The first board I made was a tow board. We had a ski then and were starting to tow, me and Steve Thomas, having paddled Aileen’s for a year or two. That was in 2007, 2008. Tow boards were ridiculously expensive. They are a good thing to make because they are small - it’s easier to make small boards. You intentionally want to make them heavy. I’d probably only glassed five or six boards before that one. We went on to surf some enormous surf on those boards, which probably wasn’t wise, but they seemed to work. Not a very good business model though, because they don’t break and people don’t buy them very often. If you’re interested in any tow blanks, I’ve got a half dozen in the loft. Plus, no one wants to tow surf anymore.
That’s been a big transition here too?
The paddling never stopped.
Nora (Tom’s daughter): I want to have a cuddle, what are you doing?
We’re doing grown up talking, probably your least favourite thing.
Nora: I don’t like adult talking.
You mostly ride thruster guns?
Three fins are good for bleeding speed off. You are often in a position to outrun the wave at Aileen’s, even though it’s heaving and you go so fast, you want to slow down when you’re on your feet. Three fins seems to work the best there for maneuverability and parking yourself in a good spot. But there’s times when you want to go really fast - four fins works best for some people. But three fins, some people call them trusters, you know what’s going to happen, there’s no surprises, there’s no dead spot. It’s predictable. There’s nothing worse than that moment of sudden doubt when you put in on rail.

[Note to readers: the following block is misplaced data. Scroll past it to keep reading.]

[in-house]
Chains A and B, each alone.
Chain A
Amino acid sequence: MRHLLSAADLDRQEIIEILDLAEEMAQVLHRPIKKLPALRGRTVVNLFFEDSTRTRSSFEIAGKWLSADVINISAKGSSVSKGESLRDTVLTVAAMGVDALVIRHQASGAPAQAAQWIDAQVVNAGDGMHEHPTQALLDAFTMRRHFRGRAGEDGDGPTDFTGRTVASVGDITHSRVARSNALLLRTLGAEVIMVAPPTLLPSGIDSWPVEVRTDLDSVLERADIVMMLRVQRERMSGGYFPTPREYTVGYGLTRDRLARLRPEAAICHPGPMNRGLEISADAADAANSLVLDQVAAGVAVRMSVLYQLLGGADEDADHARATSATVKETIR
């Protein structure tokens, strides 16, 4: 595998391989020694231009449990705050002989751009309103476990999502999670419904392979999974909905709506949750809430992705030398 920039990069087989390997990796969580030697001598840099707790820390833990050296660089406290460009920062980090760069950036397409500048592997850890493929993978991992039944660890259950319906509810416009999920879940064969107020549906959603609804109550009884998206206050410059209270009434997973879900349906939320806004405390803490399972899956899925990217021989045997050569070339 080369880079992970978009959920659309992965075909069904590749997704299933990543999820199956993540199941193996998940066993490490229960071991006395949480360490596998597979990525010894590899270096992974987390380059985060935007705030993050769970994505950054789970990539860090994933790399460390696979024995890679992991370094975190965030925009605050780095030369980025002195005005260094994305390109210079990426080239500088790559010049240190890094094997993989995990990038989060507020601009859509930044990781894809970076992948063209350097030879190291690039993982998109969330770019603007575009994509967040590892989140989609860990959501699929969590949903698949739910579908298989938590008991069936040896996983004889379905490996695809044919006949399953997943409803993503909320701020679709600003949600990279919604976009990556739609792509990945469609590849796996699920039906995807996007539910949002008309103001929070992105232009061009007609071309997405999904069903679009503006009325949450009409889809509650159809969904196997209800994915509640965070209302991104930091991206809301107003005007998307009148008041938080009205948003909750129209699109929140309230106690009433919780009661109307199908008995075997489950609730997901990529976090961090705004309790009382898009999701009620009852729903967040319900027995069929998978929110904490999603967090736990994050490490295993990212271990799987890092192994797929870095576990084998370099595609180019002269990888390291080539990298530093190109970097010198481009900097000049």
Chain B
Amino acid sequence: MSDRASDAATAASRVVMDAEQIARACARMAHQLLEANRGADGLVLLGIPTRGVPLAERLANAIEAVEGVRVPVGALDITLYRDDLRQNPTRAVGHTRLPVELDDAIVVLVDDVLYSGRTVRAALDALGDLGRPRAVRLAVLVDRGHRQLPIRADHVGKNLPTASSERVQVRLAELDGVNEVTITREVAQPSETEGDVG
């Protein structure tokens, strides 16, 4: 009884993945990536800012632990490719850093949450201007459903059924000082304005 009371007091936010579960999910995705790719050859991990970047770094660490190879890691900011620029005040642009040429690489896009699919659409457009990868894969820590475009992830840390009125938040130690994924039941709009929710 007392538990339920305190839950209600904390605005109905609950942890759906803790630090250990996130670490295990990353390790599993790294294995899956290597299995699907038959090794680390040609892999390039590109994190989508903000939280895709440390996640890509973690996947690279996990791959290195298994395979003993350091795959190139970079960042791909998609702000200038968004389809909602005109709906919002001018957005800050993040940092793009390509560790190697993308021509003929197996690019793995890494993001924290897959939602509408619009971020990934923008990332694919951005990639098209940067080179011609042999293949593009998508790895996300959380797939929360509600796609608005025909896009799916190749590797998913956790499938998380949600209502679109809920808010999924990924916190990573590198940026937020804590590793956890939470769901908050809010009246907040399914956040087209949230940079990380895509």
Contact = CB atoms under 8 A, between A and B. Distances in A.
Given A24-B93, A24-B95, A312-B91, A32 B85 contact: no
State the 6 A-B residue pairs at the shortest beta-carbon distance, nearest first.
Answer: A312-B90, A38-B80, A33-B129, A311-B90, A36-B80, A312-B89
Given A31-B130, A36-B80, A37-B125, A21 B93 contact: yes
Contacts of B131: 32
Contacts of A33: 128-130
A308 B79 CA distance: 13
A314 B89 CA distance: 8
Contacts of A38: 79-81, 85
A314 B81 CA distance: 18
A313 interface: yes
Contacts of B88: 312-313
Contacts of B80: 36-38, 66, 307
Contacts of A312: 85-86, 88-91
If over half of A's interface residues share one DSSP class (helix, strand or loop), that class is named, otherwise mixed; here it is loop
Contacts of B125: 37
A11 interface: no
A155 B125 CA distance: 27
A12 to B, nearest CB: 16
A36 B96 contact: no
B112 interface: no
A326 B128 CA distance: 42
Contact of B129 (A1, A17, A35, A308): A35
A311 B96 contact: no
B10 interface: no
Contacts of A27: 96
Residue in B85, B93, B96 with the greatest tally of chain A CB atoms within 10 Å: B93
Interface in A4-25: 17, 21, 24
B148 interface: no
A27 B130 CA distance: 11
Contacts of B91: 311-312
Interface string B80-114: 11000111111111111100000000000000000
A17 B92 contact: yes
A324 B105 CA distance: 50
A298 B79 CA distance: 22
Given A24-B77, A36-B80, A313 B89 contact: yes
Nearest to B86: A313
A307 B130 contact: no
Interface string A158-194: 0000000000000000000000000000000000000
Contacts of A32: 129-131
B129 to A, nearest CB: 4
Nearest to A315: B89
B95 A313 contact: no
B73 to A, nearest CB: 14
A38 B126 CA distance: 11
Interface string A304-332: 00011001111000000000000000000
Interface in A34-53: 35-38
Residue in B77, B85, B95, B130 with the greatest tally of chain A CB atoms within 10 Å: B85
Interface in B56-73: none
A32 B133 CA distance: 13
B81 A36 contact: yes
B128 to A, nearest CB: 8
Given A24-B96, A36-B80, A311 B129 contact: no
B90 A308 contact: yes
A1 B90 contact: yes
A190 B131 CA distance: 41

Those early days sparked a strong association with the place itself?
It’s just amazing, isn’t it? Just an incredible place. I used to go up there a lot and watch the sunset, it just draws you in. That there are those waves there is just… it’s far beyond anything I would have thought I could ever surf, way beyond. There’s some kind of connection. Surfing-wise it’s purely emotional for me. I don’t have a clue what’s going on, it just happens, and if it works, it works. If it doesn’t, it doesn’t. Occasionally it clicks. As a result I’ve ended up getting waves that look and feel more spectacular than I could have hoped for. I don’t think I could ever paddle into Riley’s. I’d go there and it just wouldn’t happen.
How does it feel to surf it on your own boards?